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Should You Buy Growth Stocks Right Now?

It depends on when you might need to use the money from your investment.

It's a scary time to be a growth investor. With the Federal Reserve aggressively hiking interest rates and the stock market in a steady decline, it's entirely rational to wonder whether it's a good idea to keep buying shares of growth-phase businesses.

And (spoiler alert) for some people, it might not be. Much depends on your risk tolerance and investment time frame. Let's examine Teladoc Health (NYSE: TDOC) as an example to explore which category of investor you might fall into during the ongoing disruption in the market and the economy.

The pro case: Why it makes sense to keep buying shares

Like many other growth stocks, Teladoc is down more than 88% over the last 12 months. This brutal decline might seem like the kind of result you'd expect from a company with shrinking revenue or severe and enduring headwinds, but neither is the case. Its quarterly revenue rose by around 25% over the last four quarters, and over the last three years, its quarterly sales increased by 334%.

But while growth has somewhat slowed compared to prior years, it's hardly a foregone conclusion that it will slow further or start contracting. Teladoc is expanding its telehealth offerings to include chronic care management and mental healthcare, both of which are anticipated to be lucrative areas as more wellness services offer telemedicine. And there's no single telehealth provider that's as big or as well-known, another advantage that might become more relevant over time.

Let's say that you're a relatively young investor with a high tolerance for risk and a need for aggressive stocks to deliver big growth in your portfolio. The fact that Teladoc's shares have been eating dirt recently shouldn't really influence your decision as the decline isn't associated with any detrimental changes to its competitive advantage in the market. The stock's poor performance is also not the result of consumers eschewing telehealth as a category of services.

Though it's true that the Federal Reserve's policy of hiking interest rates will make it a bit more expensive for Teladoc to borrow money moving forward, the same is true for most growth stocks that might need to take out a loan. And as much as inflation and supply chain issues might be striking the economy, Teladoc's most critical inputs are skilled labor from its telemedicine physicians, who don't need specific supplies to continue to add value, and whose services are already on the expensive side.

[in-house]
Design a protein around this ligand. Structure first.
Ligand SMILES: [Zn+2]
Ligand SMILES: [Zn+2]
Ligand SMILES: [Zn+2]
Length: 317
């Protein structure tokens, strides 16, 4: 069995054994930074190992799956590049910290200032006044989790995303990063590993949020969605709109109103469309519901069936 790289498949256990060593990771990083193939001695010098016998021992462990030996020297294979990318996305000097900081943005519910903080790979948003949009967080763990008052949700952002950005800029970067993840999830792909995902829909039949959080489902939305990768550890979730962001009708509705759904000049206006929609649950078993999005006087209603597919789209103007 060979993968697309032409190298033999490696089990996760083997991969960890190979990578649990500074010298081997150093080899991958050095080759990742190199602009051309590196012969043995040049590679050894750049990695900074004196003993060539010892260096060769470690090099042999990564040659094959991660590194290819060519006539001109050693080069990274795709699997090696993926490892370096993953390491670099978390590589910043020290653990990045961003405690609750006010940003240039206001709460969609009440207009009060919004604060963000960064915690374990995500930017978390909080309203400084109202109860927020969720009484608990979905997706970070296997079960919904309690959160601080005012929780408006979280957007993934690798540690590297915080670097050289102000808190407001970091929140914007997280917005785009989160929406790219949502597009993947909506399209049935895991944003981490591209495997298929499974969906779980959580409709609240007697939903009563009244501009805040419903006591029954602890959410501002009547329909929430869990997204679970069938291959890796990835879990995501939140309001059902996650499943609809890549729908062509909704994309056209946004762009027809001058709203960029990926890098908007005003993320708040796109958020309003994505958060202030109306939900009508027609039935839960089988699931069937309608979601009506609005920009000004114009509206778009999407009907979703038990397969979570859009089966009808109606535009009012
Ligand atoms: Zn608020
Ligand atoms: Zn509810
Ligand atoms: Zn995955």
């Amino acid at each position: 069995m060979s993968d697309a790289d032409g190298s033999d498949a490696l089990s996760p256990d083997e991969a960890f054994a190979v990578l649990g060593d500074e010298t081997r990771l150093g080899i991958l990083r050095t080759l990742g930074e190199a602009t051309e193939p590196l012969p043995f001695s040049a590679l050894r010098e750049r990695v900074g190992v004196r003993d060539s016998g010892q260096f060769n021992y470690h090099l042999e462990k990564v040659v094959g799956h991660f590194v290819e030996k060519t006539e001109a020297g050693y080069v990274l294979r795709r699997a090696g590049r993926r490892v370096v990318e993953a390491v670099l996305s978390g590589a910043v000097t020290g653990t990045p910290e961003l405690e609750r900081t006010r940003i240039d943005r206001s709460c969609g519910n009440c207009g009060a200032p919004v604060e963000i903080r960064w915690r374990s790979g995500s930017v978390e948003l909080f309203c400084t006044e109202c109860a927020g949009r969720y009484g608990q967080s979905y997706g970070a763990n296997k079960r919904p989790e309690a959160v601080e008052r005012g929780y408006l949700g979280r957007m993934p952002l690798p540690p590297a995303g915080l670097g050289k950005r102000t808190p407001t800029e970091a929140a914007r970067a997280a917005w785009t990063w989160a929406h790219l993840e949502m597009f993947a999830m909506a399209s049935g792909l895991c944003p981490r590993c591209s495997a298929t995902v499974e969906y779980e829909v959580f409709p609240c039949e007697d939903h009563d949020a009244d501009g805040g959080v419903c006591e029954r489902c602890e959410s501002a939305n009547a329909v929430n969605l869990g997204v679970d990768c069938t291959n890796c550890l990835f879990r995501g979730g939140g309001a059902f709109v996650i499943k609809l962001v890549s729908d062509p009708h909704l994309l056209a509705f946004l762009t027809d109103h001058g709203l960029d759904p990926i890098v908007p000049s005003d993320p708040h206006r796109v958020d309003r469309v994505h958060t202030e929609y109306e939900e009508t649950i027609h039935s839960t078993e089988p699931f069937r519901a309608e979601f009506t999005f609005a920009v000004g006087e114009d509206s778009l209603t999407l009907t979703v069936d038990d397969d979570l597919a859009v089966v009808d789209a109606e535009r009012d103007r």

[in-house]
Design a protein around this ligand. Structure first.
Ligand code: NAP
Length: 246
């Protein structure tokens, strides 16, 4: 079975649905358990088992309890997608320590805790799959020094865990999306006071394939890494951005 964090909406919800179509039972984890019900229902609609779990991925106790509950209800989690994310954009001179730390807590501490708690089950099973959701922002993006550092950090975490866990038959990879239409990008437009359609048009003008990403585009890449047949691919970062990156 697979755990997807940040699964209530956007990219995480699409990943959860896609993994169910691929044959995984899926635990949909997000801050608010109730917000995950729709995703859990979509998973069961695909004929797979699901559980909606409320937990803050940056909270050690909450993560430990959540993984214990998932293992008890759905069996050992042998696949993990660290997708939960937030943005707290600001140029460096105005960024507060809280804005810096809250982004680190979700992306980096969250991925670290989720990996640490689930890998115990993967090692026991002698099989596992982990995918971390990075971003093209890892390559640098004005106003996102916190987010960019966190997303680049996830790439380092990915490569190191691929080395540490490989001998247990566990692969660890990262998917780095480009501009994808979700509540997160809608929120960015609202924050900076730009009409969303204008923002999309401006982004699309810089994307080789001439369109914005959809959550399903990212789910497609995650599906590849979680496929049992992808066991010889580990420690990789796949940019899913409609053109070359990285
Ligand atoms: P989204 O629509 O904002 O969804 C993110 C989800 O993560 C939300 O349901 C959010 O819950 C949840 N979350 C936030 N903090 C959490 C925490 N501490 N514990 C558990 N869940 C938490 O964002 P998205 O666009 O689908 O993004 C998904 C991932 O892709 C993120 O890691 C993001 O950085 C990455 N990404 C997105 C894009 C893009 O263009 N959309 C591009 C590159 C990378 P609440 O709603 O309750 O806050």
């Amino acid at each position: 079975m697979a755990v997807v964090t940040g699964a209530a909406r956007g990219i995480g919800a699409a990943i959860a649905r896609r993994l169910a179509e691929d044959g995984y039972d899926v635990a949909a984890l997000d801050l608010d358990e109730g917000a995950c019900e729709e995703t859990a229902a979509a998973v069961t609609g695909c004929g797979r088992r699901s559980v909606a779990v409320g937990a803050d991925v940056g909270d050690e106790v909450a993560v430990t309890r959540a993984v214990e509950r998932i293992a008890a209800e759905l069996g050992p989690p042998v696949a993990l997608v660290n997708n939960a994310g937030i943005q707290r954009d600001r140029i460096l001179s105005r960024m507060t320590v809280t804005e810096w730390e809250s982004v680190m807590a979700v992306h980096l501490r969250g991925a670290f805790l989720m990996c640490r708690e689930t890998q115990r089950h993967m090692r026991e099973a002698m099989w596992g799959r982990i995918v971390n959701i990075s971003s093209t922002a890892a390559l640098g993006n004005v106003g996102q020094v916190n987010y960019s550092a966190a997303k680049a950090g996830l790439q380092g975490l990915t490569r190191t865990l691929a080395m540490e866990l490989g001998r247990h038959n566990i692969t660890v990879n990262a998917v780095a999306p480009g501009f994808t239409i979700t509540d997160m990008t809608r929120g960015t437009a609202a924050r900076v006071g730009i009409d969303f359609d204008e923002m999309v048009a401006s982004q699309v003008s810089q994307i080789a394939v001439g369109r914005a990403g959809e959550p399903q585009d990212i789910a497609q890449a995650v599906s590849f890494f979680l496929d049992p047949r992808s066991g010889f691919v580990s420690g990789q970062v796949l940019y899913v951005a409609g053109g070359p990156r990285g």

In other words, the stock market's present headwinds aren't going to stop Teladoc from continuing to do what it's best at in the long run. So if you're willing to accept a bit of turbulence in the short term, the main investing thesis for Teladoc is still sound, and you should keep buying shares.

Furthermore, there's a very high chance that quite a few other growth stocks that are currently in the dumpster still have a similar combination of financial health and enduring competitive ability. If the company's prospects haven't significantly dimmed, the recent downward price movements might just be noise or fallout from the wider market -- not a reason to avoid investing.

The con case: Why it might be better to wait or invest in something safer

Buying shares of a formerly high-flying growth stock like Teladoc is easy to do if you know you won't need the money anytime soon, or possibly ever. On the other hand, if you're an investor who needs to skew more conservatively because of a looming financial goal like retirement or financial independence, the picture is a bit different.

While unlikely, it's entirely possible that Teladoc's shares will drop by another 88% over the next couple of years, even if its competitive abilities only become stronger. And an investment in a beaten-down growth stock that might take five or six years to recover simply won't do if you need the money before then.

Additionally, rapidly expanding businesses in new industries like telehealth will frequently face competition from new entrants to the market, who may ultimately eat their lunch. For a company like Teladoc that's presently unprofitable, the arrival of new competitors could make the march toward profits even longer and more difficult. The same might be true of other hot sectors.

Finally, if your portfolio needs less exposure to risk for any other reason, it's probably not a smart idea to invest in Teladoc or other highly hyped growth stocks. Even if the long-term future of the company and the market both look bright, by most accounts we're in for a bit more turbulence before things settle down.

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Alex Carchidi has no position in any of the stocks mentioned. The Motley Fool has positions in and recommends Teladoc Health. The Motley Fool has a disclosure policy.

Source: The Motley Fool

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